View Full Version : Sin City Effect
02-11-2010, 08:51 AM
I am taking on a project with my friend and he and I decided that a black and whit effect would work best. We are not sure that the Sin City effect is the perfect way to go however I would like someone; anyone to please give me direction on how to achieve this effect so we can experiment using this as a starting point. I apologize if it is not a lighting question, I just assumed it would be. Well thank for anyone helping me out and I am using 3ds MAX 2010
02-11-2010, 11:02 AM
It's a noir lighting style, but with comics contrast and exaggeration. And a limited color palette with a red accent.
02-11-2010, 11:17 AM
follow the linky
02-11-2010, 07:13 PM
Thank you, Thank you. However I get the style and understand it well I've drawn many pictures like this and can fake this effect in video editing (thanks for the link). I was more or less asking for the rendering settings or if it would possibly be the material settings?
02-11-2010, 08:57 PM
If you can fake it in video, then why not render out a video, and fake it in video. Sin City the movie, did it that way.
02-11-2010, 09:03 PM
I'm guessing I would like to see if I can achieve a more dramatic effect by doing it by render or materials. Post production effects are nice but I think the effect might feel empty for lighting purposes. Lets say I render a picture and then apply the sin city effect in photoshop well that's just another step I have to take just to see if the lighting is in the correct place or any other adjustments that I might need to do would be better time managed if I can skip that effect phase in another program. Test rendering a part, section or frame in the effect already would prove more time efficient. But I see your point.
02-11-2010, 11:19 PM
Test rendering a part, section or frame in the effect already would prove more time efficientIn 3ds Max? I highly doubt that.
I was more or less asking for the rendering settings or if it would possibly be the material settings?Well, monochormatic of course, using fallof maps with steep mix curves or toon shaders limited to black and white. Stylized and exaggerated textures, inverted panel lines in shadows created by shadow light falloff maps and such.
As for lighting: hard lights with a small fallof, no or very, very tiny use of GI, lots of gobos, projection maps, a typical low-key lighting and the like.
Render settings? Which renderer do you plan to use?
Post production effects are nice but I think the effect might feel empty for lighting purposes. You may utilize a normal pass for lighting purposes. Do a google search, there are a few tutorials about that. Light and shadow can be created in compsoiting applications like After Effects which will probably render faster than in 3dsMax resulting in a more direct control.
02-12-2010, 02:54 PM
Film noirs tended to use low-key lighting (http://en.wikipedia.org/wiki/Low-key_lighting) schemes producing stark light/dark contrasts (http://en.wikipedia.org/wiki/Contrast_%28vision%29) and dramatic shadow patterning. The shadows of Venetian blinds or banister rods, cast upon an actor, a wall, or an entire set, are an iconic visual in film noir and had already become a cliché (http://en.wikipedia.org/wiki/Clich%C3%A9) well before the neo-noir era. Characters' faces may be partially or wholly obscured by darkness—a relative rarity in conventional Hollywood moviemaking. While black-and-white cinematography is considered by many to be one of the essential attributes of classic noir, the color films Leave Her to Heaven (http://en.wikipedia.org/wiki/Leave_Her_to_Heaven) (1945) and Niagara (http://en.wikipedia.org/wiki/Niagara_%281953_film%29) (1953) are routinely included in noir filmographies, while Slightly Scarlet (http://en.wikipedia.org/wiki/Slightly_Scarlet) (1956), Party Girl (http://en.wikipedia.org/wiki/Party_Girl_%281958_film%29) (1958), and Vertigo (http://en.wikipedia.org/wiki/Vertigo_%28film%29) (1958) are classified as noir by varying numbers of critics. (http://en.wikipedia.org/wiki/Film_noir#cite_note-127)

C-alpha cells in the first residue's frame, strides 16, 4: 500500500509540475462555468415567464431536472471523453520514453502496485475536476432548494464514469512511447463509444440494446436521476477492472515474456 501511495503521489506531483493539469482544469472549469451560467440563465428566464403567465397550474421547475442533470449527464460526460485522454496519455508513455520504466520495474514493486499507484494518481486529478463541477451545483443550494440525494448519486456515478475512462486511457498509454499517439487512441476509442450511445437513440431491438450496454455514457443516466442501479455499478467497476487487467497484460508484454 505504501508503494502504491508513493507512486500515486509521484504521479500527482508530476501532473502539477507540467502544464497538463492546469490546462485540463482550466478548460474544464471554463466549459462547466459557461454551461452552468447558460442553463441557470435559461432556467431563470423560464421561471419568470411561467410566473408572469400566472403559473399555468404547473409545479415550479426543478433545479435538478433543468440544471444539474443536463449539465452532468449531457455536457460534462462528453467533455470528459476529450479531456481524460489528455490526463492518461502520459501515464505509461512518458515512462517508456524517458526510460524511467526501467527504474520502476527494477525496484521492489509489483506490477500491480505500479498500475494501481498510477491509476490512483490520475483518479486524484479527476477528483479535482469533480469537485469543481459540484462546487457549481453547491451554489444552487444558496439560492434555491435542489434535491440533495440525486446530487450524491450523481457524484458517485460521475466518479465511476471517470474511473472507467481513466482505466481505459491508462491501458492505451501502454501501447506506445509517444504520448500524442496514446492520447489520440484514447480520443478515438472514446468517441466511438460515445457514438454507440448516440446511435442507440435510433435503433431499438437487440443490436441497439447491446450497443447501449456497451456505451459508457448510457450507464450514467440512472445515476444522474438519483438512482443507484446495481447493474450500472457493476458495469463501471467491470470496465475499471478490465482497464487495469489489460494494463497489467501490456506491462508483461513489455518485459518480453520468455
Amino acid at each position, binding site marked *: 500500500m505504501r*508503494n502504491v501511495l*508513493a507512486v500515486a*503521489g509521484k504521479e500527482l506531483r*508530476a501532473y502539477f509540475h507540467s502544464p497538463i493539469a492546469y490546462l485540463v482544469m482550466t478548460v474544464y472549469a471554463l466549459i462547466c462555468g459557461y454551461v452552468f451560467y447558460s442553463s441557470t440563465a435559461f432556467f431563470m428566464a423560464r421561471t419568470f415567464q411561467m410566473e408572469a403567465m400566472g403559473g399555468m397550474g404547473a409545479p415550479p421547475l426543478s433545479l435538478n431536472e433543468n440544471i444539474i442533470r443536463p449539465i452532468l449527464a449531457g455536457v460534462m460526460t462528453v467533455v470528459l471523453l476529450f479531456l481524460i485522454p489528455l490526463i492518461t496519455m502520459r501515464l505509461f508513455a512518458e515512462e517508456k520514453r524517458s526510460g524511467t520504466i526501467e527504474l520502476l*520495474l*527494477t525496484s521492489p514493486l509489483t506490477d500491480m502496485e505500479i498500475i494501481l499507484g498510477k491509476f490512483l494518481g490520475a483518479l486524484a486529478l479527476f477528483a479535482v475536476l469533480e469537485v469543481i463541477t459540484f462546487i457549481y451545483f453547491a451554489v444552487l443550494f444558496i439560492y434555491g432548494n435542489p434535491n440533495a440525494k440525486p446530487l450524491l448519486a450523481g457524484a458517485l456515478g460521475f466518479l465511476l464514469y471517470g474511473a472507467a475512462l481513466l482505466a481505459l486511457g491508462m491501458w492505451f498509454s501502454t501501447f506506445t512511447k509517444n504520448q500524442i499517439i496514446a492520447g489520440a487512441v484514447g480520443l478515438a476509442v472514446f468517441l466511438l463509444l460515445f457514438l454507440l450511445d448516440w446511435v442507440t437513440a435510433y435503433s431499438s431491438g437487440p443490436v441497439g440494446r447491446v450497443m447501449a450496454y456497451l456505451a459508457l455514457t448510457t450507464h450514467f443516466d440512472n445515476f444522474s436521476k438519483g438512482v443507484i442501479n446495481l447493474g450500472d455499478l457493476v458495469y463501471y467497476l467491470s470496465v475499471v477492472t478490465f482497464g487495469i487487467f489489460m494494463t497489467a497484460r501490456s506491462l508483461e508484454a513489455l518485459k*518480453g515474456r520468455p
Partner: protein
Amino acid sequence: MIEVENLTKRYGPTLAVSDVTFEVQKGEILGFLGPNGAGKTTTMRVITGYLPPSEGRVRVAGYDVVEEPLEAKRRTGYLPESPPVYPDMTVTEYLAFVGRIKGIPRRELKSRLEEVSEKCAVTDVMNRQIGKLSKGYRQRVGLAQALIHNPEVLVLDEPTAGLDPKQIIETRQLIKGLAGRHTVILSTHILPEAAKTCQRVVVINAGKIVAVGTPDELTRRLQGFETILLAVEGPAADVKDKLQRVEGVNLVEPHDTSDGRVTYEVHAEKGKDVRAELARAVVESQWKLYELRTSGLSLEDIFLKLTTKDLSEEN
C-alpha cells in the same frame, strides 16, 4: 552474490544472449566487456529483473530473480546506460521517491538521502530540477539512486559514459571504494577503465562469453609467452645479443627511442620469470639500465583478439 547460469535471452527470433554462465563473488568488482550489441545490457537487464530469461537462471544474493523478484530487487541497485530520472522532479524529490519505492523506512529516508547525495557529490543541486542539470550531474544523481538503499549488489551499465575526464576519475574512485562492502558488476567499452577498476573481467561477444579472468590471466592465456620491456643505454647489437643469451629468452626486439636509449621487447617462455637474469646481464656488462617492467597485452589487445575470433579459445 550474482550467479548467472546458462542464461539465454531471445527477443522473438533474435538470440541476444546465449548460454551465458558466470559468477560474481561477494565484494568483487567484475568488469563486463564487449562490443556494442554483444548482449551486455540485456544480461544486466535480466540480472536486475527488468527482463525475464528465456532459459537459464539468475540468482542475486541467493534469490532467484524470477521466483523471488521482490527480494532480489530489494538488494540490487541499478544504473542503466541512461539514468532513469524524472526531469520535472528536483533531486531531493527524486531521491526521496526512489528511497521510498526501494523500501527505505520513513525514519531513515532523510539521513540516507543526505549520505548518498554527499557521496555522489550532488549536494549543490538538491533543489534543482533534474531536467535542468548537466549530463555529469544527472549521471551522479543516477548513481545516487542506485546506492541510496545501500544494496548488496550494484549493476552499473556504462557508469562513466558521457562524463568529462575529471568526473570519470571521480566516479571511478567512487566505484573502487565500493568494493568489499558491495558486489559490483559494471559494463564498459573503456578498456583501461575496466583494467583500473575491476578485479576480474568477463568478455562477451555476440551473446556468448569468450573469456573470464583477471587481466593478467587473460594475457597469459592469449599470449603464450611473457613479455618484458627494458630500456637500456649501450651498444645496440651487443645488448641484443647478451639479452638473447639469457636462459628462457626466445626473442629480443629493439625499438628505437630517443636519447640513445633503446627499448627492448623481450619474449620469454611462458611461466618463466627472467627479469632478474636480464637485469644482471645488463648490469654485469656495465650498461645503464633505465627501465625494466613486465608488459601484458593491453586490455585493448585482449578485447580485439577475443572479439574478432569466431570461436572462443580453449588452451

So if you are going for a full 3d effect and no post, I would have to say its about how you light the scene. Aim for the methods that the guys in the 30's and 40's used.
Just a few things to play with b/c I like to experiment...What about an Occlusion pass with its low and high settings tweaked for the b/w desaturated look?
A very fine ramped toon shader would probably look pretty good too.
I love Robert Rodriguez's bonus features on his dvd's and I suggest watching all of the Sin City making of ones....even the Breakfast Tacos. He really gets hands on and shows you how they did things.
Mainly that visual credit goes Hybride, Orphanage, and Cafe FX ( I hope I didn't leave any houses out but props to you guys as well)
02-13-2010, 01:59 AM
Thank you so much for doing that. You have been most helpful that 30's and 40's lighting techniques idea was superb.
02-13-2010, 01:59 AM
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